Adventure 339 ~ The Big Renga Project [Day 5]

Betsy really raised the renga temperature yesterday with a smokin’ hot second verse on the theme of love. The options for today’s¬†renju, Kate Gold, remained alluringly wide for today’s verse ūüėõ . Kate could have written a third ,and final, 5-7-5 verse on the theme of love. She could have invoked the Moon Rule and started of the theme of autumn. She could have written a verse about summer, winter, shores, mountains, dwellings of travel.

Kate plumped for the Moon Rule and this is what she came up with :

Strength of waxing moon
pulls the tide ever higher
as distant peaks glow

To invoke autumn, you must use the kigo word “moon”. Kate shows a link with Betsy’s by mirroring the swell of hearts with the swell and pull of tides. She shows contrast within the verse by inviting us to compare an image of the sea with an image of mountains. She shows a shift in direction by pulling us back into nature.

So, what does this mean for tomorrow? Well, it means one thing : autumn. Once autumn has been started, at least another two verses on the them must follow.

Oh – and I almost forgot. Something brilliant happened yesterday : one of our poets (Caroline) was interview on BBC Radio 3 about the Big Renga Project. How brilliant is that!

I am just going outside and may be some time.


Adventure 293 ~ Launch A Collaborative Poetry Project

big renga projectI’m sure you may have realised ¬†by now that I’m a bit of a haiku fan ūüôā . As part of the research for my book¬†Seventeen Syllables ~ Cultivating Presence Through Poetry, I looked at the origins of the haiku form. What is now known as¬†haiku was originally known as¬†hokku, the first verse of a collaborative linked- verse poem called a¬†renga.

The renga form has been around since the thirteenth century, and you can find out more about it here. In a nutshell, groups of poets works together to create a linked poem. The first stanza follows a 3-line 5-7-5 syllable format, just like the haiku. It also contains a kigo (season word) and a kireji (cutting word). The second stanza responds to the first stanza, but this time in a 2-line 7-7 syllable format. The renga then gets handed back to the first poet or handed on to the third who, again, works with what is offered in the second stanza but employs the structure of the first (7-5-7).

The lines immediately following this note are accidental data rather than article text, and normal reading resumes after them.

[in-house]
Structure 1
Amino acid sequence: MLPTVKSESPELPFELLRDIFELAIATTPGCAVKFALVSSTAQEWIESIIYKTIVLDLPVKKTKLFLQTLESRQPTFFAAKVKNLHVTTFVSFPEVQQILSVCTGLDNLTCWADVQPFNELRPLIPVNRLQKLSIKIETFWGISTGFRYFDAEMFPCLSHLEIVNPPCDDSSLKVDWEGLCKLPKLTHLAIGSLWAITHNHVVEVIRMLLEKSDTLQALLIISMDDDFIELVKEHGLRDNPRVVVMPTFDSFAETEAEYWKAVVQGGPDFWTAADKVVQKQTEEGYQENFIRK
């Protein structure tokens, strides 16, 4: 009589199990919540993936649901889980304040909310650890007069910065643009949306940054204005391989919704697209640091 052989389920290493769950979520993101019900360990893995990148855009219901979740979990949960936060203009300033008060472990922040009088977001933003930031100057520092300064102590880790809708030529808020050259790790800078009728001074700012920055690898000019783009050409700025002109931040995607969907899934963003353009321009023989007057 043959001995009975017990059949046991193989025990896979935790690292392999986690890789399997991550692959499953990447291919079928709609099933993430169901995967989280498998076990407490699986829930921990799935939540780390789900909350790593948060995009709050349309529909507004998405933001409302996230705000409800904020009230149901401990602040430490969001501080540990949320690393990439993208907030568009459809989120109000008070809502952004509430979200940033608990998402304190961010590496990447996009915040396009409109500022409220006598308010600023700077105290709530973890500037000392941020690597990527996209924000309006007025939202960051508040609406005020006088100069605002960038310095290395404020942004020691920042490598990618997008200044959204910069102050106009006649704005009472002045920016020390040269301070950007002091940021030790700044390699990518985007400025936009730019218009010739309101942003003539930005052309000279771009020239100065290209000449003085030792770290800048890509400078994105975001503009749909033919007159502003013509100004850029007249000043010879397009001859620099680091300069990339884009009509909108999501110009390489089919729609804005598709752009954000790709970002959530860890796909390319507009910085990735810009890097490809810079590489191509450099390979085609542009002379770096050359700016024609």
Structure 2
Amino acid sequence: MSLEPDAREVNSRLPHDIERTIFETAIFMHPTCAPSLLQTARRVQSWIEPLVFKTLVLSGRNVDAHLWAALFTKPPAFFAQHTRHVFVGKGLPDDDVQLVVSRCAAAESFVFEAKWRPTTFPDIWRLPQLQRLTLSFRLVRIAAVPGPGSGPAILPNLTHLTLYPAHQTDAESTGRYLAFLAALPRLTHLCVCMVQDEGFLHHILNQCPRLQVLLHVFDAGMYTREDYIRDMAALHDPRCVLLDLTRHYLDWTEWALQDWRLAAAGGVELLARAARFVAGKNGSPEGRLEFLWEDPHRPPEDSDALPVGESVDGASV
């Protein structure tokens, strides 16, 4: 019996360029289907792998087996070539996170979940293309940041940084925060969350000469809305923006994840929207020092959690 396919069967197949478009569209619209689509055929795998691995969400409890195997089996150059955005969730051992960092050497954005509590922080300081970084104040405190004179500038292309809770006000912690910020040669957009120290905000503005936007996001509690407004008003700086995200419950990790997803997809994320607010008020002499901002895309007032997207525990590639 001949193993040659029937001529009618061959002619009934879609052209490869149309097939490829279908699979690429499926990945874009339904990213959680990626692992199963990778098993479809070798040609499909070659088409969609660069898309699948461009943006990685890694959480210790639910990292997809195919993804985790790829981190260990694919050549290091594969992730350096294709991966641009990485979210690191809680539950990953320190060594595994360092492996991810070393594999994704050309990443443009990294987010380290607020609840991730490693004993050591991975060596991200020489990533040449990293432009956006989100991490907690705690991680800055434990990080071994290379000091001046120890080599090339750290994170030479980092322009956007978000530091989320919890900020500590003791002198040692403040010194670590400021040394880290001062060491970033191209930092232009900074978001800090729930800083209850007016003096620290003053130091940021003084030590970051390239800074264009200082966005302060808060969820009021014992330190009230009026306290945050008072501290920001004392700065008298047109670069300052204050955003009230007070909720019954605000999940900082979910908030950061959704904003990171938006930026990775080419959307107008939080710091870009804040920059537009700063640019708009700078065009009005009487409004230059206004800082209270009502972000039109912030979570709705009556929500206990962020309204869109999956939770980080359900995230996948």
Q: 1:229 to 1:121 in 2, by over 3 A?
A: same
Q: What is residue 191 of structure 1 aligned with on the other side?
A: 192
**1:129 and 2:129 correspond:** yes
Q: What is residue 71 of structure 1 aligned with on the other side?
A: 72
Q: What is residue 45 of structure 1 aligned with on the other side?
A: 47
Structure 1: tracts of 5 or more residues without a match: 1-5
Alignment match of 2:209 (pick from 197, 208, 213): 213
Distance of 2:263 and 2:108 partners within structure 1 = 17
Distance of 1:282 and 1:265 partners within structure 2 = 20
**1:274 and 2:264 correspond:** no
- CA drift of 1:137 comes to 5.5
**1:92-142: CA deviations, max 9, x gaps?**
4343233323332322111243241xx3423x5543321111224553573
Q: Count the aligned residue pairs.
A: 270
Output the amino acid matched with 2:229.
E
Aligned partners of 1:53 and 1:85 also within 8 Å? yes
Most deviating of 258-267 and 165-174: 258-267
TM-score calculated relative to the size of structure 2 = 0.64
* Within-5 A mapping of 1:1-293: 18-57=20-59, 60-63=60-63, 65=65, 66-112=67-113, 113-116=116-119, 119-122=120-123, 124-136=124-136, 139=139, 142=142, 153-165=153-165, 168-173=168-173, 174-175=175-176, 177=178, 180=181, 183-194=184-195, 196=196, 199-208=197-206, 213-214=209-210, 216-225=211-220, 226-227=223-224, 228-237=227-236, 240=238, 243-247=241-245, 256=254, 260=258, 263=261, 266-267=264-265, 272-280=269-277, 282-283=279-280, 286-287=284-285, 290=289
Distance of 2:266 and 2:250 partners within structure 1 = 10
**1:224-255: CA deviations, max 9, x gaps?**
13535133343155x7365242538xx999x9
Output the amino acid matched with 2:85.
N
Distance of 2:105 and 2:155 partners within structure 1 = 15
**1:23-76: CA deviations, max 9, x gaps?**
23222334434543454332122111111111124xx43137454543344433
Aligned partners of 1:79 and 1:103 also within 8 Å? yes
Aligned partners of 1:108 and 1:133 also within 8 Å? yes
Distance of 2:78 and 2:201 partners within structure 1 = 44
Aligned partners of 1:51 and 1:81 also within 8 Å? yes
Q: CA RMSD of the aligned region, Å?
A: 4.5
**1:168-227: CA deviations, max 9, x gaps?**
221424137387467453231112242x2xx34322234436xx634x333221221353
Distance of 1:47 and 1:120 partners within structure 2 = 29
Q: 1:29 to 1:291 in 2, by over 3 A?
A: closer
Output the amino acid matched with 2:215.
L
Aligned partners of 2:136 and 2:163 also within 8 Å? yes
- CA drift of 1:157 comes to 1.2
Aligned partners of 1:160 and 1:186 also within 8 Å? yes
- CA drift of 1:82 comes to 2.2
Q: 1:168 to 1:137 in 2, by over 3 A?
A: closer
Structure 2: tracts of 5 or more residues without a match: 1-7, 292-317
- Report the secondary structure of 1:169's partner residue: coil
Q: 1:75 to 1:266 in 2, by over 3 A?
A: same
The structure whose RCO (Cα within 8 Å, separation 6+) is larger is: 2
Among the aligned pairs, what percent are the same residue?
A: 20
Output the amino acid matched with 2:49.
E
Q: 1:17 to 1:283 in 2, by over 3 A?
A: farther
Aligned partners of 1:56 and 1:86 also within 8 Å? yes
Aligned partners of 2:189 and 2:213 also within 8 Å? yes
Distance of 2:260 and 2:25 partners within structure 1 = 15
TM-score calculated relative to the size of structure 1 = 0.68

This sequence of 3-line and 2-line structures is then repeated until the poem is done!

I thought is would be fun to work with other poets to create a renga poem called “December” to capture the spirit of this month. As December will be the last month of my 365 Days Of Adventure project, it feels like collaborating with others might be a lovely way to end the year.

So, for today’s adventure, I’m launching¬†The Big Renga Project¬†and this is where you come in! I’m putting out a call for a crew of 23 poets to join me in creating a 25-verse¬†renga. Whilst no previous poetry-writing experience is required to join the project, I’m looking for ¬†people who are

  • Up for learning about, and respecting, the¬†renga form
  • Keen to collaborate and be part of ¬†a supportive, playful, creative community
  • Able to keep their commitments
  • Prepared to be responsive and present to the previous stanza
  • Respectful of the emergent spirit of the renga
  • Willing to record their stanza in video format (so I can create a film of the whole¬†renga with all the poets involved)

The project will start on December the 1st and the final verse will be created on the 25th. I will create a private Facebook group to facilitate collaboration and information sharing. Each day during December, the poem will be updated so that people can see the renga grow.

If this sounds like this project could be for you, please drop me an email to in the first instance. If you know of others who might enjoy being part of  this collaborative venture, please feel free to share this information with them.

NOTE¬†– it is not necessary for the poetry to be written in English. However, to support other poets, a translation into English will be required for a smooth stanza transition! For all non-English stanzas, subtitles will be required for the video ūüôā .

I am just going outside and may be some time.